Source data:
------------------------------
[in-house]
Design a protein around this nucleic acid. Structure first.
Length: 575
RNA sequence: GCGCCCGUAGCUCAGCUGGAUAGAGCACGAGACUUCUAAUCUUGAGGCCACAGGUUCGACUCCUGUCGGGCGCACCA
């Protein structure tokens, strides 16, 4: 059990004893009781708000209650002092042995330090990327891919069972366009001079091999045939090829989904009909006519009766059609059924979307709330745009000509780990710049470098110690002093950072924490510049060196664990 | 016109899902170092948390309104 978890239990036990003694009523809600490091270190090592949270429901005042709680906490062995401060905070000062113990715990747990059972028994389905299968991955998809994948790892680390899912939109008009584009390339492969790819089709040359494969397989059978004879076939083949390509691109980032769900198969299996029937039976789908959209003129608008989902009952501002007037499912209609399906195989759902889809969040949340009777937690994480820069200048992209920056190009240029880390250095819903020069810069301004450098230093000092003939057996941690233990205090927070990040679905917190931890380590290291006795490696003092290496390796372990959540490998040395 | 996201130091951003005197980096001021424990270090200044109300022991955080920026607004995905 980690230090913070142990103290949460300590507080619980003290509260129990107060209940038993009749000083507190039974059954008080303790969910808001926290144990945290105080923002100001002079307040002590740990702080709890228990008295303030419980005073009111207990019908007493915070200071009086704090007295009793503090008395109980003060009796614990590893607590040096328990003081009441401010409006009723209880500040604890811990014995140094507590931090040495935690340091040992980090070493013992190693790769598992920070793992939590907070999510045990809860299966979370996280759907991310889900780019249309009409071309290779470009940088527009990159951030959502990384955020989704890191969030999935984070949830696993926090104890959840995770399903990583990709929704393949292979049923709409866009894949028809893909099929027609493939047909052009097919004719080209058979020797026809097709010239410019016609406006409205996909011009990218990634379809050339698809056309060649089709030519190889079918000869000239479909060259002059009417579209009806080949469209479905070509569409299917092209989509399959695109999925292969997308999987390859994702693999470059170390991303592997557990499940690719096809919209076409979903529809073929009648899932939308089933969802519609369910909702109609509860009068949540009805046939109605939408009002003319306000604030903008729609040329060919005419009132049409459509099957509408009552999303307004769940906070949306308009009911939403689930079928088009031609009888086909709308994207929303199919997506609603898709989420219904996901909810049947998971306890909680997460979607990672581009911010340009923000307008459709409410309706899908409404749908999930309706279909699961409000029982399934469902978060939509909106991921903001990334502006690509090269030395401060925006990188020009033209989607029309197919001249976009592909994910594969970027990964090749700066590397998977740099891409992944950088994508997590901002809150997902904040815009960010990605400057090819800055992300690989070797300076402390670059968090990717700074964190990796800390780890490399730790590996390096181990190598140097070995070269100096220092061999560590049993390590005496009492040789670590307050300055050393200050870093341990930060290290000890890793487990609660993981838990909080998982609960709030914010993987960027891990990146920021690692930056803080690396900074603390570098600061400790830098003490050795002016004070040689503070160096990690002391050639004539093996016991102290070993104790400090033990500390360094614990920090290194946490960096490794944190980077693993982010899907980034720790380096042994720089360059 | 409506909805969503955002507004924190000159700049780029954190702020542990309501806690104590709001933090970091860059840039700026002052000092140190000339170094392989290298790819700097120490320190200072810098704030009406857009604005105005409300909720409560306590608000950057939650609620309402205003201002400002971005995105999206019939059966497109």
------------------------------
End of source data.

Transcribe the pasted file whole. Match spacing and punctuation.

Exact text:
[in-house]
Design a protein around this nucleic acid. Structure first.
Length: 575
RNA sequence: GCGCCCGUAGCUCAGCUGGAUAGAGCACGAGACUUCUAAUCUUGAGGCCACAGGUUCGACUCCUGUCGGGCGCACCA
């Protein structure tokens, strides 16, 4: 059990004893009781708000209650002092042995330090990327891919069972366009001079091999045939090829989904009909006519009766059609059924979307709330745009000509780990710049470098110690002093950072924490510049060196664990 | 016109899902170092948390309104 978890239990036990003694009523809600490091270190090592949270429901005042709680906490062995401060905070000062113990715990747990059972028994389905299968991955998809994948790892680390899912939109008009584009390339492969790819089709040359494969397989059978004879076939083949390509691109980032769900198969299996029937039976789908959209003129608008989902009952501002007037499912209609399906195989759902889809969040949340009777937690994480820069200048992209920056190009240029880390250095819903020069810069301004450098230093000092003939057996941690233990205090927070990040679905917190931890380590290291006795490696003092290496390796372990959540490998040395 | 996201130091951003005197980096001021424990270090200044109300022991955080920026607004995905 980690230090913070142990103290949460300590507080619980003290509260129990107060209940038993009749000083507190039974059954008080303790969910808001926290144990945290105080923002100001002079307040002590740990702080709890228990008295303030419980005073009111207990019908007493915070200071009086704090007295009793503090008395109980003060009796614990590893607590040096328990003081009441401010409006009723209880500040604890811990014995140094507590931090040495935690340091040992980090070493013992190693790769598992920070793992939590907070999510045990809860299966979370996280759907991310889900780019249309009409071309290779470009940088527009990159951030959502990384955020989704890191969030999935984070949830696993926090104890959840995770399903990583990709929704393949292979049923709409866009894949028809893909099929027609493939047909052009097919004719080209058979020797026809097709010239410019016609406006409205996909011009990218990634379809050339698809056309060649089709030519190889079918000869000239479909060259002059009417579209009806080949469209479905070509569409299917092209989509399959695109999925292969997308999987390859994702693999470059170390991303592997557990499940690719096809919209076409979903529809073929009648899932939308089933969802519609369910909702109609509860009068949540009805046939109605939408009002003319306000604030903008729609040329060919005419009132049409459509099957509408009552999303307004769940906070949306308009009911939403689930079928088009031609009888086909709308994207929303199919997506609603898709989420219904996901909810049947998971306890909680997460979607990672581009911010340009923000307008459709409410309706899908409404749908999930309706279909699961409000029982399934469902978060939509909106991921903001990334502006690509090269030395401060925006990188020009033209989607029309197919001249976009592909994910594969970027990964090749700066590397998977740099891409992944950088994508997590901002809150997902904040815009960010990605400057090819800055992300690989070797300076402390670059968090990717700074964190990796800390780890490399730790590996390096181990190598140097070995070269100096220092061999560590049993390590005496009492040789670590307050300055050393200050870093341990930060290290000890890793487990609660993981838990909080998982609960709030914010993987960027891990990146920021690692930056803080690396900074603390570098600061400790830098003490050795002016004070040689503070160096990690002391050639004539093996016991102290070993104790400090033990500390360094614990920090290194946490960096490794944190980077693993982010899907980034720790380096042994720089360059 | 409506909805969503955002507004924190000159700049780029954190702020542990309501806690104590709001933090970091860059840039700026002052000092140190000339170094392989290298790819700097120490320190200072810098704030009406857009604005105005409300909720409560306590608000950057939650609620309402205003201002400002971005995105999206019939059966497109």